from the watching-you-watching-me dept
So if you’ve spent any amount of time around here, you probably already know that the security and privacy standards surrounding the internet of (broken) things sit somewhere between high comedy and dogshit. Whether it’s your refrigerator leaking your gmail credentials or your children’s toys leaking kids’ conversations, putting a microphone and camera on everything that isn’t nailed down — then connecting those devices to the internet without thinking about security and privacy — hasn’t been quite the revolution we were promised.
Obviously for the NSA and CIA, the internet of broken things is a field day, and the fact that the intelligence community would exploit this paper-mache grade security should surprise nobody. In fact, James Clapper made it abundantly clear last year that the internet of not-so-smart things was a massive target for surveillance:
“In the future, intelligence services might use the [internet of things] for identification, surveillance, monitoring, location tracking, and targeting for recruitment, or to gain access to networks or user credentials,? Clapper said.”
As Mike already noted, most of what’s contained in this week’s Wikileaks Vault 7 CIA Document Dump isn’t all that surprising. It includes stockpiled Android and iOS vulnerabilities, revelations that the US government covertly pays to keep US software unsafe and vulnerable (long suspected, now proven), and the fact that the government routinely exploits weak security in the Internet of Things to spy on targets. That includes turning Samsung “smart” televisions, long in the news for poor security and privacy violations, as an on-demand spying apparatus.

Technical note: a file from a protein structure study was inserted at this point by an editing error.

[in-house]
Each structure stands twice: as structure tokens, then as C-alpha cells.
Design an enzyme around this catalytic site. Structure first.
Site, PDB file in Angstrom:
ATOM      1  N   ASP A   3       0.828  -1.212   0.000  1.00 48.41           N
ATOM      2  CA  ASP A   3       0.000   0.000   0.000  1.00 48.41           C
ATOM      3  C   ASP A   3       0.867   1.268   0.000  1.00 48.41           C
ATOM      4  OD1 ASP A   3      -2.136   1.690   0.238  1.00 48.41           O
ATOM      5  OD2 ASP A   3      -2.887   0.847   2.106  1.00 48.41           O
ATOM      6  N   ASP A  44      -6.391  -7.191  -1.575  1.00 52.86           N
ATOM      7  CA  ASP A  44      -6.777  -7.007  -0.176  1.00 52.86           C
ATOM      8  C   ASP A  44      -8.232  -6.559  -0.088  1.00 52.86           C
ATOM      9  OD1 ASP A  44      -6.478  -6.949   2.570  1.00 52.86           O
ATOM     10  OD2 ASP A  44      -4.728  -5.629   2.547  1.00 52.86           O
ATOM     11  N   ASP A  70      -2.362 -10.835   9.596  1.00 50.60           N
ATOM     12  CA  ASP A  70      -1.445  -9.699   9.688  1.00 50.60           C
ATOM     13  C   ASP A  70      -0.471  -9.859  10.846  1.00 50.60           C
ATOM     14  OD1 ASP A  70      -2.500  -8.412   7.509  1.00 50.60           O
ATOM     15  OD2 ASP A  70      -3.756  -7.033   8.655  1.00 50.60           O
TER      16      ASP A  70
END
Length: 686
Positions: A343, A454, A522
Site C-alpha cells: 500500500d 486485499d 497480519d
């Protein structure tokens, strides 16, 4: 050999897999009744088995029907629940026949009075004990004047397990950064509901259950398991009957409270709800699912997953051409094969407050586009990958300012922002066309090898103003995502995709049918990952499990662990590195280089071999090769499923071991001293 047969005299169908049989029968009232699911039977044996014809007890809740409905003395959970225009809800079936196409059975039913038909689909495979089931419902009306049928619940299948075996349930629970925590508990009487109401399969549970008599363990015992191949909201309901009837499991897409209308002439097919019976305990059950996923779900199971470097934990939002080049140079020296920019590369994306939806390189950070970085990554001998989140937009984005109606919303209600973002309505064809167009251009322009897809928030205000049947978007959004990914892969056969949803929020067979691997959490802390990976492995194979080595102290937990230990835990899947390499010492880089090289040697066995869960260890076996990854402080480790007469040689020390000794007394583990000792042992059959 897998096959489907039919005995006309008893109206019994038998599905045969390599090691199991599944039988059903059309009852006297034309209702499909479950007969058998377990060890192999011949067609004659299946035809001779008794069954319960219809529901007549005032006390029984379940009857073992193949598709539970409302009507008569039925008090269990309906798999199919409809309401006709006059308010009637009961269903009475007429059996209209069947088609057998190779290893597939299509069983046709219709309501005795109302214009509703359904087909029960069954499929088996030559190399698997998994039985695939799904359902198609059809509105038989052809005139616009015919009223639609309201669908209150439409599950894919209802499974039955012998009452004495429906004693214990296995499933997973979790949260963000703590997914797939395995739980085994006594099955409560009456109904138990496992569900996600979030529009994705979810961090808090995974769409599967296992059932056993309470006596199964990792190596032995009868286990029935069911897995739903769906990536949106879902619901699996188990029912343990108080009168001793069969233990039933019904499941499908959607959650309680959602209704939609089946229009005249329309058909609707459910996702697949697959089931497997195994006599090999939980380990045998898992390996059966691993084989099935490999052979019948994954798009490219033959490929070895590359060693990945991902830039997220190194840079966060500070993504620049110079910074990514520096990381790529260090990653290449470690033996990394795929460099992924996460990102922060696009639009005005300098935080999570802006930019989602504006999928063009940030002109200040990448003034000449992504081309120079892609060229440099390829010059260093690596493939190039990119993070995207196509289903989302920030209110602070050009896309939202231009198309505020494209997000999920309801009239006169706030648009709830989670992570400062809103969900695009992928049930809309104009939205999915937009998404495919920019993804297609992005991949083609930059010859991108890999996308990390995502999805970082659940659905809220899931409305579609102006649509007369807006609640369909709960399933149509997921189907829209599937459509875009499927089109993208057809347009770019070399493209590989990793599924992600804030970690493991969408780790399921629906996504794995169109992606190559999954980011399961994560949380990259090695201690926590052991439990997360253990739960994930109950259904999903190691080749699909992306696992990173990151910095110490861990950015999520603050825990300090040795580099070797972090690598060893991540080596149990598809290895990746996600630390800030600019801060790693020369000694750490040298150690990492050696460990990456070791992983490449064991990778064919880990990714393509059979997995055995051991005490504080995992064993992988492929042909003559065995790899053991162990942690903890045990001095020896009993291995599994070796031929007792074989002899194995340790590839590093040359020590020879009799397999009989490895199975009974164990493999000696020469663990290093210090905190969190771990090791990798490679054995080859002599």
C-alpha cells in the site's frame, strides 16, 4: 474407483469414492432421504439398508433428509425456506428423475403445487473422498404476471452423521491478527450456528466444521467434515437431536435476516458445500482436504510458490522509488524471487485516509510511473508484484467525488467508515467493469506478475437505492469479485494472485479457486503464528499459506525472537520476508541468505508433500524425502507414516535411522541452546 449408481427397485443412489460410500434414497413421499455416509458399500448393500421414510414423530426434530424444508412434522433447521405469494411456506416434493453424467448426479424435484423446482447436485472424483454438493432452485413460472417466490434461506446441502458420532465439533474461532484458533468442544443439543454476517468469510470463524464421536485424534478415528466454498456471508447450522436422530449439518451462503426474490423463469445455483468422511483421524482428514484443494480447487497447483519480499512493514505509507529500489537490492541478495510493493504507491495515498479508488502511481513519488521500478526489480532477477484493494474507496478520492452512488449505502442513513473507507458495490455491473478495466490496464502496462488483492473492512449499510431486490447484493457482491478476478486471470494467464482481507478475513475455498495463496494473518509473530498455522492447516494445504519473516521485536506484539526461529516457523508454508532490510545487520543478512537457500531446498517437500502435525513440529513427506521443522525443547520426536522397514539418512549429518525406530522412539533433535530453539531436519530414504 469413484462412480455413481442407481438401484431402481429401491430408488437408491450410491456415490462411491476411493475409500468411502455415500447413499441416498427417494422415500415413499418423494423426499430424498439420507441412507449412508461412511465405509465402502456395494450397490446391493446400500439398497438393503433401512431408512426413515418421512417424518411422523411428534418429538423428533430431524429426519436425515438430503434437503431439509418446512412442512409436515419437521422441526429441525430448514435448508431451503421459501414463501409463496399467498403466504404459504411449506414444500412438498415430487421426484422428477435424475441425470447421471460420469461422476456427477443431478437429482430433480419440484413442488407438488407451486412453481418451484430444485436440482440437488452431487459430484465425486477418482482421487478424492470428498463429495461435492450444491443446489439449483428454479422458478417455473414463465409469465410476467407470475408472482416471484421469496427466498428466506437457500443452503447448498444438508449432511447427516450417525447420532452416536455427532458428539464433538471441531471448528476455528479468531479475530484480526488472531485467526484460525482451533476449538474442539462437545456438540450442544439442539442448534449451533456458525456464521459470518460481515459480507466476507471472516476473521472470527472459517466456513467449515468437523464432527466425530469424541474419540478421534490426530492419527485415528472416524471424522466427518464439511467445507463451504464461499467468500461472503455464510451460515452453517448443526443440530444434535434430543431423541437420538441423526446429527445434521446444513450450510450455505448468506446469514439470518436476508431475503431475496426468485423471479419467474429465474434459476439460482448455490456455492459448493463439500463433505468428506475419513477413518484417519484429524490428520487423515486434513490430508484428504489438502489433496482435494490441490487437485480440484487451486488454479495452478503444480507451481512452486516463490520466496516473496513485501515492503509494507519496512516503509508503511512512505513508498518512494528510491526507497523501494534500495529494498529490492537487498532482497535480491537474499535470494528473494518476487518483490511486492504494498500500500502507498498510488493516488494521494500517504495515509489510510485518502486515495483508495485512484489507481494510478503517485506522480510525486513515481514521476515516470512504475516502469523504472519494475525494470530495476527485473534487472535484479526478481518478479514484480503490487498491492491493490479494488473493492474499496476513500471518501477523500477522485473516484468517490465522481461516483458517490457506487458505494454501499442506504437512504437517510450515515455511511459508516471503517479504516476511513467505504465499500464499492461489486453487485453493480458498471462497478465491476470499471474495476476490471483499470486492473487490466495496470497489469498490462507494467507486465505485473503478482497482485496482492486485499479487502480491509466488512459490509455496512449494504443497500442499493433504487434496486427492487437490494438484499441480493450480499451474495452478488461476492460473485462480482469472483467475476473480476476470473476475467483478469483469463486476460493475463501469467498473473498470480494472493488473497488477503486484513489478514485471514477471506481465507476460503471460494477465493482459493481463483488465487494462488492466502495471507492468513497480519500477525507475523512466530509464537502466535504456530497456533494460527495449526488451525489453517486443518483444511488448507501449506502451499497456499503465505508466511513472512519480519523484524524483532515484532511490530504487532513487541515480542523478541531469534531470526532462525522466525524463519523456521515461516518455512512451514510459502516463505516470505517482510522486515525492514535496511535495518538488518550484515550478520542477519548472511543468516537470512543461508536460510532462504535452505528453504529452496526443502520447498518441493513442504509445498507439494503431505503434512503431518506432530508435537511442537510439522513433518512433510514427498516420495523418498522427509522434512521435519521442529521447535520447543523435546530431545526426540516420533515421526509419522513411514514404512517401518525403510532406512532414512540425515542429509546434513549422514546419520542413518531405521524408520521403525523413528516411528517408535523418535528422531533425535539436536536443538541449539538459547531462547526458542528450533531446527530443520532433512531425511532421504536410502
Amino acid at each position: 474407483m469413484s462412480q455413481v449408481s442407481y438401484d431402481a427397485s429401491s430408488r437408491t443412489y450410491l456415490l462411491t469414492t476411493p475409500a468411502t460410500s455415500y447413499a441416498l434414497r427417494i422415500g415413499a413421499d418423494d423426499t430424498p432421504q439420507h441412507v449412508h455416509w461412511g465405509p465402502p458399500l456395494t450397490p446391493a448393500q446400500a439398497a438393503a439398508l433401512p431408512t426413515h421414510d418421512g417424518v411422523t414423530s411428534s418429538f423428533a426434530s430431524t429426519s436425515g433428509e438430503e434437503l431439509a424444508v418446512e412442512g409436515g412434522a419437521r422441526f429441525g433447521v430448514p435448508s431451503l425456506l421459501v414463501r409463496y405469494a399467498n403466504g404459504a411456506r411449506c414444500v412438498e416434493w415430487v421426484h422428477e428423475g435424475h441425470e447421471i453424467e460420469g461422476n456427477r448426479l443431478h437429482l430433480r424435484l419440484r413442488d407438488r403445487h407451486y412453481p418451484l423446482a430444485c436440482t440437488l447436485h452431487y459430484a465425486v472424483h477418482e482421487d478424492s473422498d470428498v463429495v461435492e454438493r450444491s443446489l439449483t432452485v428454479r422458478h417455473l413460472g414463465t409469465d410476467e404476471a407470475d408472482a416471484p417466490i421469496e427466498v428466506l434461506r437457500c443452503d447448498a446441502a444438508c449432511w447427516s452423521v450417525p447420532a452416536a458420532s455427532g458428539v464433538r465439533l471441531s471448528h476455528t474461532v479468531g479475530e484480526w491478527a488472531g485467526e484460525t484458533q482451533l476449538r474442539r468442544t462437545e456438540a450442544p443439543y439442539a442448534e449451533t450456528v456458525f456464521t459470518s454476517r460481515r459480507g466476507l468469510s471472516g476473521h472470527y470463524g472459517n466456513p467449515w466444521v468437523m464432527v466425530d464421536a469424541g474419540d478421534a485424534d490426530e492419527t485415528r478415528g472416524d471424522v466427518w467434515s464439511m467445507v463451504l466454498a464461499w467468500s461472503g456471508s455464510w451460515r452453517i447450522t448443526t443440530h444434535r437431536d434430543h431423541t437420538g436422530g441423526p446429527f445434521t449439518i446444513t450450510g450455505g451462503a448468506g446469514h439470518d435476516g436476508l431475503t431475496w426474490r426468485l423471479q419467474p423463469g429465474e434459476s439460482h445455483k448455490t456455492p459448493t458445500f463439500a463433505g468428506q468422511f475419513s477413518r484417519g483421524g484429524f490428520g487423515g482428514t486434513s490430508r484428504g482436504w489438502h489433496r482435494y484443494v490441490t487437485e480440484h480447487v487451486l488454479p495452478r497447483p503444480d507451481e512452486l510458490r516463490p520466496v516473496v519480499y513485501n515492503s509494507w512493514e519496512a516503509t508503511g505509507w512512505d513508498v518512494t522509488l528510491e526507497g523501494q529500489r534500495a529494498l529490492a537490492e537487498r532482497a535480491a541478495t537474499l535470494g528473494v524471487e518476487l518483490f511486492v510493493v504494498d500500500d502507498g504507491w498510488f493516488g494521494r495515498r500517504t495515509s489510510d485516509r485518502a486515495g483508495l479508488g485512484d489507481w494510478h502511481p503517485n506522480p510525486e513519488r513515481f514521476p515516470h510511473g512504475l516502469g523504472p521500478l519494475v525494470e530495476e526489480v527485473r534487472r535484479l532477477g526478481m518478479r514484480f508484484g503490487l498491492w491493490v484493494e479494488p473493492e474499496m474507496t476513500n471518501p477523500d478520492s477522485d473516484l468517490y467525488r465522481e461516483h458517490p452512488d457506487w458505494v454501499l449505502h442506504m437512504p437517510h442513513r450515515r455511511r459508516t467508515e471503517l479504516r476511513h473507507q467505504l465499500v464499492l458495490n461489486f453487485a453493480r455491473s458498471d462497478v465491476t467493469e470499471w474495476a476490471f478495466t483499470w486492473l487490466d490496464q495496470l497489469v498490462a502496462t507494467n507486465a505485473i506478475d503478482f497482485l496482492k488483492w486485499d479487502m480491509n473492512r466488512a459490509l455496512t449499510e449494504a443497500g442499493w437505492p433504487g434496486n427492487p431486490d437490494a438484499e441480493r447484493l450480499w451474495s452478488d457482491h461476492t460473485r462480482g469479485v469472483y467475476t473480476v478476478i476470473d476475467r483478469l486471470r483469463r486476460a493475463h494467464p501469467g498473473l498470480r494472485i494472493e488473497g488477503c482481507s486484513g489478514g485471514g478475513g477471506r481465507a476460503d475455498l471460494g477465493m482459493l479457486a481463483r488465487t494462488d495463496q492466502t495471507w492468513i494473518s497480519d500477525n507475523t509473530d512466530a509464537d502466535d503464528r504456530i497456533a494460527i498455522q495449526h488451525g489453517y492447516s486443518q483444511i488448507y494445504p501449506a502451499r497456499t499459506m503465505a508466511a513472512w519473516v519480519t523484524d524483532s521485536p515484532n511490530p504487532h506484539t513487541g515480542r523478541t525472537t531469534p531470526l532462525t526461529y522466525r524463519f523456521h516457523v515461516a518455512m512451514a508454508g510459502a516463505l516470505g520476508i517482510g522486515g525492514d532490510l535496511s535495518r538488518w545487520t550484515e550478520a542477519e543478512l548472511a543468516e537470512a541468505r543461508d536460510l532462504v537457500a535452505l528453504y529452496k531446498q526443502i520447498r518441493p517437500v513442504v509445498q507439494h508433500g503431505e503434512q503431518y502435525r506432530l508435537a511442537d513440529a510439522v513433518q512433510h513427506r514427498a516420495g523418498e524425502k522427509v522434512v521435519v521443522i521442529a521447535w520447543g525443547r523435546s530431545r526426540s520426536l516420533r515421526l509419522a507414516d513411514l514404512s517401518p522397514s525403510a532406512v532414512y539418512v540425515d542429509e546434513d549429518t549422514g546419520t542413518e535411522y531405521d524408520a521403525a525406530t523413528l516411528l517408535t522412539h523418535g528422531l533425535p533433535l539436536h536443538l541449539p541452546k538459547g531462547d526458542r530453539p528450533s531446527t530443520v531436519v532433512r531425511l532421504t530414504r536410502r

The documents highlight a CIA program named “Weeping Angel,” which allows a CIA hacker to use the Samsung smart TV’s microphone to listen in on a target, while the television appears to be off (aka a “fake off mode”). The documents only detail one TV model (the Samsung F8000), and seem to indicate that at least this particular exploit required someone to use an infected USB drive on the television in question:
Given the all-too-frequent lack of encryption (or hey, much security at all when it comes to collecting and transmitting data), it’s still reasonable to surmise that a remote attack is perfectly possible on a laundry list of IoT devices, including televisions. Also, as the Intercept notes, given the problems we’ve repeatedly documented with smart televisions, it would be naive to think other sets aren’t impacted:
“Security and cryptography researcher Kenneth White told The Intercept that smart TVs are ?historically a pretty easy target? and ?a pretty great attack platform,? given that TVs are typically located in a living room or bedroom.? White added that ?there is zero chance the [CIA has] only targeted Samsung. It?s just too easy to mod other embedded OSes? found in the smart TVs sold by every other manufacturer.”
How do I know it?s listening or not?
If the TV?s voice recognition feature is turned on for a command, an icon of a microphone will appear on the screen.
If no icon appears on the screen, the voice recognition feature is off.”
Apparently not. Again, this might be less of a threat if TV vendors actually took user privacy seriously, utilized system settings that made device functionality transparent, or made it easy to disable functionality of dubious value on demand. But like the rest of the Internet of Things industry, companies were so hyped to use connectivity to hoover up private user data non-transparently, their ethical apathy left the door wide open to intruders (state sponsored or otherwise).
But hey, know that the intelligence community doesn’t think you should be worried. Ex-CIA Director Gen. Michael Hayden went on The Late Show with Steven Colbert to insist that the CIA certainly doesn’t use smart TVs to spy on people (something he called a “wonderful capability”), and certainly not to spy on American citizens:
Filed Under: cia, iot, security, smart tvs, surveillahce